Court Rules That Seattle Federal Judge Does Not Owe Militia Co-Founder $100 Trillion

A rough depiction of the Freeman compound after the federal government tread all over it.
Yesterday's sentencing of 67-year-old Montana Freeman co-founder Daniel Petersen proves that despite the Tea Party's efforts to usurp the throne, no fringe political movement is as consistent a source of crazy as the "Patriot" movement.

In the first test of a new federal law, Petersen was found guilty of filing a false financial lien against local U.S. District Court judge John Coughenour. It was Coughenour who ordered Petersen to jail back in the mid-nineties after his group declared their plot of Montana ranch land sovereign soil and began harassing anyone who didn't accept their currency.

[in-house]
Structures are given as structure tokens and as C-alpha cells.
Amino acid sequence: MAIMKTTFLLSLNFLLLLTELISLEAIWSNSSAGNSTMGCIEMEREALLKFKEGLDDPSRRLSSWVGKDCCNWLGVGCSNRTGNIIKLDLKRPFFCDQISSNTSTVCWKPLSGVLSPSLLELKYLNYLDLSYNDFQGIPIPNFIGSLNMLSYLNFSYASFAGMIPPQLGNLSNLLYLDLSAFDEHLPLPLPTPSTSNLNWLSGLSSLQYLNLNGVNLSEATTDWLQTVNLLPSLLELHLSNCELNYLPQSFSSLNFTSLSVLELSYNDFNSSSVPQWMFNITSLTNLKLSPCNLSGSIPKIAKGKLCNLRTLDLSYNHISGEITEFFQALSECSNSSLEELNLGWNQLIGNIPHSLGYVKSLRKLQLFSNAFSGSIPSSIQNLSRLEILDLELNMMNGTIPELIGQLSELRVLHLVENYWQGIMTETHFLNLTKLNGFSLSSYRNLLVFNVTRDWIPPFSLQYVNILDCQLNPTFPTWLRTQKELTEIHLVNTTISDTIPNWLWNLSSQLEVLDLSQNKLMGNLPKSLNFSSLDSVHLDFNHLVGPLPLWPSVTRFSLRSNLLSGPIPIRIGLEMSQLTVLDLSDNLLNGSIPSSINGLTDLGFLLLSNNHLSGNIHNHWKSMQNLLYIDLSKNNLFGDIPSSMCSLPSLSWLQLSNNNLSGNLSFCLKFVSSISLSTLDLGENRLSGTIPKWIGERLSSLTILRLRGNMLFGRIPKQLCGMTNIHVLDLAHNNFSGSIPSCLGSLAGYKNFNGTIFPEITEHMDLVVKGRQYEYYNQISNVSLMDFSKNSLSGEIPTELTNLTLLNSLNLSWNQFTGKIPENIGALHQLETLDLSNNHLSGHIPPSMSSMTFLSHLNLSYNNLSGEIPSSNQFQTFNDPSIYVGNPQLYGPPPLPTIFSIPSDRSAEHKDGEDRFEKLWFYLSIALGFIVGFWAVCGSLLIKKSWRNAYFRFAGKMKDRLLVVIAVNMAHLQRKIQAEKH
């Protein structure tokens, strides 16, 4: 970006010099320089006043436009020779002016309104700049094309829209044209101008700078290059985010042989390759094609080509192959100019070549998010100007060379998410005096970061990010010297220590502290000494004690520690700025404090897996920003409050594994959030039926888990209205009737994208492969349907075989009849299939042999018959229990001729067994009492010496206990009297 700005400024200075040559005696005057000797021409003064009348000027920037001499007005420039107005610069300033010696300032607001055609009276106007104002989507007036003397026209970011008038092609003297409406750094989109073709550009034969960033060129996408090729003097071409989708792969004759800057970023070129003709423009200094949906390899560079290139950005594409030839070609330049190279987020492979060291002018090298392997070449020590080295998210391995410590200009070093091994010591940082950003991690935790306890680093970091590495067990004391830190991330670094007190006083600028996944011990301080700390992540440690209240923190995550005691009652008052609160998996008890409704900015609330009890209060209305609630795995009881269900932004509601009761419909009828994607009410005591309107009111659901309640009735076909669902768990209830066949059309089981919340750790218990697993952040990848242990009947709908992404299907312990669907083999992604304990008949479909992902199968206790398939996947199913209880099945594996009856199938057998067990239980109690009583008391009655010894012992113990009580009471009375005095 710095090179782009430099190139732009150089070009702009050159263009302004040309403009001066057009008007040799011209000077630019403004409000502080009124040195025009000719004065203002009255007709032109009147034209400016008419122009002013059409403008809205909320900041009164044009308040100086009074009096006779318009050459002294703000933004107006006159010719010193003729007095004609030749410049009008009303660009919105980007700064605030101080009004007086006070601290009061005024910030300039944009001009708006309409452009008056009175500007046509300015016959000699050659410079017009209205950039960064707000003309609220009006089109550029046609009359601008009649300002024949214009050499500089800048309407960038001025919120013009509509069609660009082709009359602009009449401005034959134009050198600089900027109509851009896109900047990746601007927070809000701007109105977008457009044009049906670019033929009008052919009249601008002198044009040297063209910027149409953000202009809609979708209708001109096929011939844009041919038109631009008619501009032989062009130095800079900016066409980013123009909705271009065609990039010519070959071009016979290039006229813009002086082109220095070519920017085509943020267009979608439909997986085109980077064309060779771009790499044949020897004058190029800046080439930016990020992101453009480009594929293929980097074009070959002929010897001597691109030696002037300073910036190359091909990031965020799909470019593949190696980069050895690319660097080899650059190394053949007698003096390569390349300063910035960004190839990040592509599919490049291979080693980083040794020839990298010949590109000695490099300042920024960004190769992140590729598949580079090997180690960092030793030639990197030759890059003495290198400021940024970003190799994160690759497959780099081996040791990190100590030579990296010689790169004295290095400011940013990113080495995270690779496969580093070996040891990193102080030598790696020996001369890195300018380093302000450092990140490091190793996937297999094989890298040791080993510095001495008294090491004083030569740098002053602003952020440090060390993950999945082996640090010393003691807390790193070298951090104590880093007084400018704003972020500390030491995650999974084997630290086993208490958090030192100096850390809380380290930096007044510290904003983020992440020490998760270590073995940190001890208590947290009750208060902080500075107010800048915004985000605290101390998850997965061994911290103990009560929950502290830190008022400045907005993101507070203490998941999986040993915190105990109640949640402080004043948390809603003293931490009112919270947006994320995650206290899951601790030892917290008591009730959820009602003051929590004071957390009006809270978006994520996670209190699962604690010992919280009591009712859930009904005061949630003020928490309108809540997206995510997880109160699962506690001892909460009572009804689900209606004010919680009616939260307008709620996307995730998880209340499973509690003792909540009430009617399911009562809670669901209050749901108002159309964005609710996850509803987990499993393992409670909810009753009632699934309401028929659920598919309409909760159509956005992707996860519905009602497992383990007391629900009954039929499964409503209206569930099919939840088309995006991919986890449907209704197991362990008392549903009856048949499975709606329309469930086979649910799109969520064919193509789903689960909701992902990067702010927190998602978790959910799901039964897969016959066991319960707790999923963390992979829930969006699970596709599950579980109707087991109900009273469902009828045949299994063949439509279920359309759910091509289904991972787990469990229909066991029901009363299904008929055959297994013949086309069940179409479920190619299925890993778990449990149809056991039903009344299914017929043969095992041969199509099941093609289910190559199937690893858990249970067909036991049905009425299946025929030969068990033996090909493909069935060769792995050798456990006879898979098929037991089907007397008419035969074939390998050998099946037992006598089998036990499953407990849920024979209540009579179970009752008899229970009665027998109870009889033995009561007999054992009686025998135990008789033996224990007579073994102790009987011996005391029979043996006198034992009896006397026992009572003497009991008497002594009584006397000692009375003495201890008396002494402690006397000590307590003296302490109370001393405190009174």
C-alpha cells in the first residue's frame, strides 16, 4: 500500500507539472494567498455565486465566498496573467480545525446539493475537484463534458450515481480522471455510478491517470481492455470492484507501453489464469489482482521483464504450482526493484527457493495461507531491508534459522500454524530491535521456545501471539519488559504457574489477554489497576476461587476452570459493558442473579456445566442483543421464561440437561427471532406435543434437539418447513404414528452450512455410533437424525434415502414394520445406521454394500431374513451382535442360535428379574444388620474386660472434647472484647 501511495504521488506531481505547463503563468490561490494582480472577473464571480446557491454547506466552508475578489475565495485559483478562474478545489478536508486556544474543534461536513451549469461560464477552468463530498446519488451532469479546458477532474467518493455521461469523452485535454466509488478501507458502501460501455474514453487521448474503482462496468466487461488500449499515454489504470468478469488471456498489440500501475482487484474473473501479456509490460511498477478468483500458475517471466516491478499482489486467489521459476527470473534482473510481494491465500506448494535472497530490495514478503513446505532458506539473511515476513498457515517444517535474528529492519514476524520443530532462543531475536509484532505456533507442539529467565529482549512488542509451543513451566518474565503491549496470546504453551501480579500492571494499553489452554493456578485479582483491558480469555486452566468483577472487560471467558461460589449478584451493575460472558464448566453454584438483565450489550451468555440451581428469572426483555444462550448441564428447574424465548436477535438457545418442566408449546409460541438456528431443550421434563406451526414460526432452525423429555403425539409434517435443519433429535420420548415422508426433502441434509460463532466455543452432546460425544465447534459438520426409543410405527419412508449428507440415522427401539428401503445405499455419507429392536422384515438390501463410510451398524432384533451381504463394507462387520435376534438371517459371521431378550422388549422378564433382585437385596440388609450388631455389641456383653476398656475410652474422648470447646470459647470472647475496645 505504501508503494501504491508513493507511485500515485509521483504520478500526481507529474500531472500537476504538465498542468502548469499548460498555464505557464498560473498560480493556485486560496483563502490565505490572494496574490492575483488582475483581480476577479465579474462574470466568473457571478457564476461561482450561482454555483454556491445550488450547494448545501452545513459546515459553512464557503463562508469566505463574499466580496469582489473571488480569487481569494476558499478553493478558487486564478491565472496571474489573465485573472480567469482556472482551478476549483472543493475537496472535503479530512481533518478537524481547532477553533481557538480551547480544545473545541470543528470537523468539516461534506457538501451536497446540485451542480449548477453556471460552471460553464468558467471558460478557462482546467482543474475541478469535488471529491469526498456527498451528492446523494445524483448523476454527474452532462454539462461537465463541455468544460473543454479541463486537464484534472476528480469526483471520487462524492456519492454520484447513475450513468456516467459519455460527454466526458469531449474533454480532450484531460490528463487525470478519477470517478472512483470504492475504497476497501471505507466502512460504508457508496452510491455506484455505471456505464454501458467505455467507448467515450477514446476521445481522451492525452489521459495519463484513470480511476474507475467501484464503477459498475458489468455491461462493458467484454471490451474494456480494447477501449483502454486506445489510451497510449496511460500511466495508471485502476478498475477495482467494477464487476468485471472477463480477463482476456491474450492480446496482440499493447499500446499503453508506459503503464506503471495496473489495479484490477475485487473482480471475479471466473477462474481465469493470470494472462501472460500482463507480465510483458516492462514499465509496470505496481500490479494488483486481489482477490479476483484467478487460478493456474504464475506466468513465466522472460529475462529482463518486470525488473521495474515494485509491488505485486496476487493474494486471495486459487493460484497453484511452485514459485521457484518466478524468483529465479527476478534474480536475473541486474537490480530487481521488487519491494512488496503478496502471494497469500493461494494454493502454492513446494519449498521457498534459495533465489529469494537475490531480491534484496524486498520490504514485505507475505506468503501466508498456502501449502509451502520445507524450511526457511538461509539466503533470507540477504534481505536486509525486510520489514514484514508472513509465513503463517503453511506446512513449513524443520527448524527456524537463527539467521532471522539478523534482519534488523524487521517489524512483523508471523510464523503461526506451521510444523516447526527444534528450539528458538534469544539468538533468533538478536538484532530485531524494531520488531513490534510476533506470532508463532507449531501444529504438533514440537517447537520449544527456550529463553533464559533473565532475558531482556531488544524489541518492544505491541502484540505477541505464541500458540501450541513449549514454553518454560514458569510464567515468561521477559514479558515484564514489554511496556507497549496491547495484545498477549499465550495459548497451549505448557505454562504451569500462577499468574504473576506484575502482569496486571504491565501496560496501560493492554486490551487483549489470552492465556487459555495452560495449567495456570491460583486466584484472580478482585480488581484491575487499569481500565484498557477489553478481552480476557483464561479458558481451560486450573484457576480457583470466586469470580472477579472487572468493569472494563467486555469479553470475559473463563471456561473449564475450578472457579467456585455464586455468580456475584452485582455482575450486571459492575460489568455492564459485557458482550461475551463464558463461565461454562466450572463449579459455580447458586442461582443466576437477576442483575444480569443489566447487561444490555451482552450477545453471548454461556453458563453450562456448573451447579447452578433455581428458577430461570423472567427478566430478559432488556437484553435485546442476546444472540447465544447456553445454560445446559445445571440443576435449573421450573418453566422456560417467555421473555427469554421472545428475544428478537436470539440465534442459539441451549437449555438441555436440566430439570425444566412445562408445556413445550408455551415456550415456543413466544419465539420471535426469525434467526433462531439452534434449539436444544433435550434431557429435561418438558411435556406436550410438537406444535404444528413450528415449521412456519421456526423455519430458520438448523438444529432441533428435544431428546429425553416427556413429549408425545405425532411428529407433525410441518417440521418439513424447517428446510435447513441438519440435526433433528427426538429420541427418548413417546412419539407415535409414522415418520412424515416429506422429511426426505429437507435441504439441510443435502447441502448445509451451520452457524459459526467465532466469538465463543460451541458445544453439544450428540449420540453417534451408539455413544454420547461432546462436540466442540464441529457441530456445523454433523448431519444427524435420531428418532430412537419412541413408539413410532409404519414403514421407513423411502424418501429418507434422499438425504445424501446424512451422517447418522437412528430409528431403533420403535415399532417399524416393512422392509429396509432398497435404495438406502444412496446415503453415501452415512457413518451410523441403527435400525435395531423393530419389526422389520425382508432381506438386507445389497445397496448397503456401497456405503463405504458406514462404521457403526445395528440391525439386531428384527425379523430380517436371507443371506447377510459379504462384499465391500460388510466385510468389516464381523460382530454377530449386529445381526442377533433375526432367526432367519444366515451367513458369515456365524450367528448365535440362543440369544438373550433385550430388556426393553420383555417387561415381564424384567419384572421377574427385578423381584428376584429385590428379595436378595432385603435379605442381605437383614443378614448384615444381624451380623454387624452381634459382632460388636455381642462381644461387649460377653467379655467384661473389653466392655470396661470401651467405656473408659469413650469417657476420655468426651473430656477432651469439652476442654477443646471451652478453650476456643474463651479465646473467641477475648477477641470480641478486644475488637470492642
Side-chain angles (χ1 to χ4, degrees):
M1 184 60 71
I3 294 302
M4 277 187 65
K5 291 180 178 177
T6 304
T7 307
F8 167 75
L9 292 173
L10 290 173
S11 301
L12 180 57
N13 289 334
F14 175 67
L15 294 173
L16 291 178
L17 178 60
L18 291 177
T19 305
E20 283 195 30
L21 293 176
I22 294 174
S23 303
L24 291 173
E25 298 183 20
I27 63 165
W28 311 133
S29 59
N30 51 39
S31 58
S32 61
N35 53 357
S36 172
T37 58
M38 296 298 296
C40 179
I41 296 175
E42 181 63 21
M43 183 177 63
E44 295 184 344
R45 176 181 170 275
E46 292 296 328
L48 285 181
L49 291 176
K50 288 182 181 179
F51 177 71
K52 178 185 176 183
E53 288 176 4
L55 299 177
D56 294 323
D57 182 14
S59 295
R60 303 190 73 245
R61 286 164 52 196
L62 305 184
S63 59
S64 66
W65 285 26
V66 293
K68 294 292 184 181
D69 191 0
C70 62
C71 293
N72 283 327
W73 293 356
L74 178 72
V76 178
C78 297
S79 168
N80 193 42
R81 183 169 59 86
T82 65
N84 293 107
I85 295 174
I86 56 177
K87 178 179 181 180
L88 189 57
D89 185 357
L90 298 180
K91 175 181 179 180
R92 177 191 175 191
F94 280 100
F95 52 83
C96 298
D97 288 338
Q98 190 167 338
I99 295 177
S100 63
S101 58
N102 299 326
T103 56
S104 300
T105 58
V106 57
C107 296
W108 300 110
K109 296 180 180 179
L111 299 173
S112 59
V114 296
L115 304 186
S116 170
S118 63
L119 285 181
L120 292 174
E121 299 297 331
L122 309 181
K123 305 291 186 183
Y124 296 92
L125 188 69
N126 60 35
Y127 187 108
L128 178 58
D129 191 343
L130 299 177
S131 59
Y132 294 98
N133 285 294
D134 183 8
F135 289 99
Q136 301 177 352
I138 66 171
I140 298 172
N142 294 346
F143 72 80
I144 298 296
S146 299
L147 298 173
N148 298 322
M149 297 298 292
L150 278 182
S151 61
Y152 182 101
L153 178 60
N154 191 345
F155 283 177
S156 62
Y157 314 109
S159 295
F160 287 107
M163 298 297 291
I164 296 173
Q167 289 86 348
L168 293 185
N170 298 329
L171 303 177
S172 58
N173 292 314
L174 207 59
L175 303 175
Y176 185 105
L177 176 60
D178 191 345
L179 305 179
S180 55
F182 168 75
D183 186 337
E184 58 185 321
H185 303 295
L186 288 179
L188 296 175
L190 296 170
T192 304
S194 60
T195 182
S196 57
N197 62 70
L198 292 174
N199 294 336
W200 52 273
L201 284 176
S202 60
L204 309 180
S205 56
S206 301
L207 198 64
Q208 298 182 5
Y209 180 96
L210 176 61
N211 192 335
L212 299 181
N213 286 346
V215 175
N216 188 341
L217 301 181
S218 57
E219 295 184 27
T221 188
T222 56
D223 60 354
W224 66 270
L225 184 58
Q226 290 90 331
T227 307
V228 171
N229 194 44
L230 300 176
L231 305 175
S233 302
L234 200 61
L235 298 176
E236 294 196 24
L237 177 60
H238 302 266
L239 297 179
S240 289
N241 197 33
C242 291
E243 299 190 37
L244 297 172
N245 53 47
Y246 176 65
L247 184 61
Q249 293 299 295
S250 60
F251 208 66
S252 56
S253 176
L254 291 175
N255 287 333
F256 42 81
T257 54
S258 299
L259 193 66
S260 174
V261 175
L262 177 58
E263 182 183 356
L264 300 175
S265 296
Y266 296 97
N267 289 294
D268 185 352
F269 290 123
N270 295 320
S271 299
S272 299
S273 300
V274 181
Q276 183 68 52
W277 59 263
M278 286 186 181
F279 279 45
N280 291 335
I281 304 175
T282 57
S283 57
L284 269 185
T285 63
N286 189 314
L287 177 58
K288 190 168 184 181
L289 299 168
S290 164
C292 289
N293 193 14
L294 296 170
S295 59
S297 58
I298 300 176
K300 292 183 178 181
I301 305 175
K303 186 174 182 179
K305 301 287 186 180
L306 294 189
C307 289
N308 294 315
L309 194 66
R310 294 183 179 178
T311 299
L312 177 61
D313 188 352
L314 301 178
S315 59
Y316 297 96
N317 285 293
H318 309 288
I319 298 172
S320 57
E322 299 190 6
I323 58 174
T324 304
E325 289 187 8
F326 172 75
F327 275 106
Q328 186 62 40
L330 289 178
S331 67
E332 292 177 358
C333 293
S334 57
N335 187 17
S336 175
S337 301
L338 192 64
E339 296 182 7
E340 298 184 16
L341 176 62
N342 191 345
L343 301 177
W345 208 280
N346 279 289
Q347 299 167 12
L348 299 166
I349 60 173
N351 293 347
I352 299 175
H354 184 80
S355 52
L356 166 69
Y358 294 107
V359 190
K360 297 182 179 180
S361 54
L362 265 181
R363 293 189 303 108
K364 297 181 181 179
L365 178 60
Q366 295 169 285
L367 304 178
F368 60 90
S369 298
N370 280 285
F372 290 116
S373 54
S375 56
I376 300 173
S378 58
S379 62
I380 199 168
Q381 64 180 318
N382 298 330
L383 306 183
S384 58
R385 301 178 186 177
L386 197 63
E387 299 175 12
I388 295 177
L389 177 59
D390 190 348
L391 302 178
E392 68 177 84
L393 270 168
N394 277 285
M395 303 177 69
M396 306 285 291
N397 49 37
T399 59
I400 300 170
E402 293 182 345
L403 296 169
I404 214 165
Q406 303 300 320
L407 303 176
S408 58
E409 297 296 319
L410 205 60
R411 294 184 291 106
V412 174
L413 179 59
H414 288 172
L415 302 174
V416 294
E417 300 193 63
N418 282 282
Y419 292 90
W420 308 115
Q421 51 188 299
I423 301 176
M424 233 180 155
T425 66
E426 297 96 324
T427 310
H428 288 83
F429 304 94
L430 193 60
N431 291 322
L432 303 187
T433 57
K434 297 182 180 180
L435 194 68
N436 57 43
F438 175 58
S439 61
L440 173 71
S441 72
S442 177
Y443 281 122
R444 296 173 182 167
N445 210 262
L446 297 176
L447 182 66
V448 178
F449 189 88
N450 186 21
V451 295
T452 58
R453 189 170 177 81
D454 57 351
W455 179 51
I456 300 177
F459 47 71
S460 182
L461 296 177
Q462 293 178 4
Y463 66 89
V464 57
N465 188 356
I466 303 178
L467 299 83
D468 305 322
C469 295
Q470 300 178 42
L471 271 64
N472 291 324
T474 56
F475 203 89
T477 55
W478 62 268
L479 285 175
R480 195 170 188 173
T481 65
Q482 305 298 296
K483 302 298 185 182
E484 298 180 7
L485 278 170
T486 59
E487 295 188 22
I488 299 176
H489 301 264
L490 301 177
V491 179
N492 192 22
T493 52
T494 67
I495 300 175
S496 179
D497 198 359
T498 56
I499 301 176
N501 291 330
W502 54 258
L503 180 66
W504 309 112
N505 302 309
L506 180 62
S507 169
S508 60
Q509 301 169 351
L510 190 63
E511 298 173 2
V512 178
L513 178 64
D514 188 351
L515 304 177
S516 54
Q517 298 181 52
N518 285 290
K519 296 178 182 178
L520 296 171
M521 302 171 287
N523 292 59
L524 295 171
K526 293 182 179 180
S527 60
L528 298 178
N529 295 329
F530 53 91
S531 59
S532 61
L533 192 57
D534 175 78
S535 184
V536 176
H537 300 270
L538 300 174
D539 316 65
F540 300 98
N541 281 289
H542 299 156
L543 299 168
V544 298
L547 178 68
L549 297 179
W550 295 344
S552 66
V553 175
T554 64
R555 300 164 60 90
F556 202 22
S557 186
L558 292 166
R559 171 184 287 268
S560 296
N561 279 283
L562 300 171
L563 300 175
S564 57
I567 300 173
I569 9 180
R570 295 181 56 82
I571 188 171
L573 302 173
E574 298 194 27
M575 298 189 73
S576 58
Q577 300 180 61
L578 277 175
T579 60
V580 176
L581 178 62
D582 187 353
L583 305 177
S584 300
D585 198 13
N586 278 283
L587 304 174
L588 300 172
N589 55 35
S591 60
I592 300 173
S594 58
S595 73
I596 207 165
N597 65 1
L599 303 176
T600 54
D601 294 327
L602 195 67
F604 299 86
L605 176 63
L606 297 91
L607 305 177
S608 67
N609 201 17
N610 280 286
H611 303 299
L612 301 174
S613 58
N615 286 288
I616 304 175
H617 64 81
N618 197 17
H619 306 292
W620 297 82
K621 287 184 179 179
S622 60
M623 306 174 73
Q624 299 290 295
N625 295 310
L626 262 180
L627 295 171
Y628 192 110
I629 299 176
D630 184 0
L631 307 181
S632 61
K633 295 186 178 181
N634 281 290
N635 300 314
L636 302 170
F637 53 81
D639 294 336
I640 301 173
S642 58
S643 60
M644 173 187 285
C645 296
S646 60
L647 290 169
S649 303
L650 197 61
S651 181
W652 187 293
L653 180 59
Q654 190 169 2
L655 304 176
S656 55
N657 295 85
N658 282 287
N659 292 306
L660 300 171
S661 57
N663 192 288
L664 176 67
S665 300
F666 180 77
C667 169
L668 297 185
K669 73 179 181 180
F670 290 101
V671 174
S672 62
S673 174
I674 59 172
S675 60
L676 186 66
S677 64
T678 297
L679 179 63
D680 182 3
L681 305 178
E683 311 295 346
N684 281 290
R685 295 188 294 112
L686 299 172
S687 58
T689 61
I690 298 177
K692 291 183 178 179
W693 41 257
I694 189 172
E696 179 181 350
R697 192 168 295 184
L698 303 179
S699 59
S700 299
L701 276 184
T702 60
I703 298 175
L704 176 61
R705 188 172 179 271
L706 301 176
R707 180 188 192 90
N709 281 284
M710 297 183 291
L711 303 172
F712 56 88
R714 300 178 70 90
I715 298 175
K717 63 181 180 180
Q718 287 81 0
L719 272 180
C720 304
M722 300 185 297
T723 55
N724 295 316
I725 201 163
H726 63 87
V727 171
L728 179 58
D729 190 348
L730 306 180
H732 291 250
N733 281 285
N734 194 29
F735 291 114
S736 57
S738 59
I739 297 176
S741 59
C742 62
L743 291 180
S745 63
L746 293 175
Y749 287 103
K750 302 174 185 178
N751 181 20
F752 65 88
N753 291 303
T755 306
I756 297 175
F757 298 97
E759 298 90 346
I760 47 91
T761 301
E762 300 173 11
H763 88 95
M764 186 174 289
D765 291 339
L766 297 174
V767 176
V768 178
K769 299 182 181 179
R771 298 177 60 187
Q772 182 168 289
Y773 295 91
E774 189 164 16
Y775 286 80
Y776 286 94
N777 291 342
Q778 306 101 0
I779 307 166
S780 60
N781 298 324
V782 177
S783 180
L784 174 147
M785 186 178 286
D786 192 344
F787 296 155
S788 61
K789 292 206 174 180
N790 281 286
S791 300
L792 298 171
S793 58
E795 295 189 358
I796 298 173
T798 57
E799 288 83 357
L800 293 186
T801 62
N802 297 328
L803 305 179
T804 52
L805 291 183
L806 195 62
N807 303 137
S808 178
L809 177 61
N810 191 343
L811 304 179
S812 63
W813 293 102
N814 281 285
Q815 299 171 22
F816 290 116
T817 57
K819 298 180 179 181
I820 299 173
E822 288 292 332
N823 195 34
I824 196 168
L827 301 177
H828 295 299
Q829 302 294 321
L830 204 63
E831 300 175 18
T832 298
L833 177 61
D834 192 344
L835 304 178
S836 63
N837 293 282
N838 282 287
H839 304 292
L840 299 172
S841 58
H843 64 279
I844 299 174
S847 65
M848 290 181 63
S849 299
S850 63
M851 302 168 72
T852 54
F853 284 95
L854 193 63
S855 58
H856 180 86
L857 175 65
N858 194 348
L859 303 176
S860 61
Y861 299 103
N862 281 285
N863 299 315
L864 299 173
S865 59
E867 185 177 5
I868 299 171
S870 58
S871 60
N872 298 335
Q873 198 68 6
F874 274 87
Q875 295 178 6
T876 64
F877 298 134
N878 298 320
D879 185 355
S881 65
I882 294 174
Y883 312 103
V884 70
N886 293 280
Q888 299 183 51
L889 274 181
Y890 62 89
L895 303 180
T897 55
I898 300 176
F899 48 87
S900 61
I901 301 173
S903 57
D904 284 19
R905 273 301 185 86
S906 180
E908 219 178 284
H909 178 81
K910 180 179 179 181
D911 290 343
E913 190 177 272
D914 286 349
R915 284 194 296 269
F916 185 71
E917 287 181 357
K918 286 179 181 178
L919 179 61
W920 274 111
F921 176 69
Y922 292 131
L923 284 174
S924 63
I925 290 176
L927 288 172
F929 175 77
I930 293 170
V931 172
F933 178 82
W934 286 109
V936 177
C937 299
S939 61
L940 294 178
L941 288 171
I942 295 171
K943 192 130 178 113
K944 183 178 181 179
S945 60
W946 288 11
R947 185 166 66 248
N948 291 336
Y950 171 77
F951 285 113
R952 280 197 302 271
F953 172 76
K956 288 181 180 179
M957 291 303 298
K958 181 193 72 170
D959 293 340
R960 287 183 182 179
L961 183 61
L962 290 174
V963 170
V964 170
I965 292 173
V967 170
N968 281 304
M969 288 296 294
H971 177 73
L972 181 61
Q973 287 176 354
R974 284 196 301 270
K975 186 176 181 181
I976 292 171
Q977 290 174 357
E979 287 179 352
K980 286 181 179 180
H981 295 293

For that, Petersen concocted an elaborate plan to exact revenge. So, how exactly would he do it?

Petersen began telling his fellow inmates that he'd won a lawsuit against the federal government for "unlawful confinement." Of course, Coughenour and two other federal judges were in Petersen's estimation financially liable. So, he began filing to have liens placed on their personal property.

There was one tiny flaw Petersen's plan: the Common Law Court of Justus Township, the place where he said this legal action occurred, doesn't actually exist. But that didn't stop him from claiming that he'd been awarded $100 trillion in damages.

When the liens failed to produce the desired result, Petersen tried to put up a bounty for anyone who could deliver the judges to Minnesota, where he could presumably confront them over their failure to pay up.

Prison officials repeatedly warned Petersen that the scheme was illegal, but he persisted. And yesterday a federal judge tacked on an additional 8 years to his sentence. That judge will no doubt be added to Petersen's growing shit-list.

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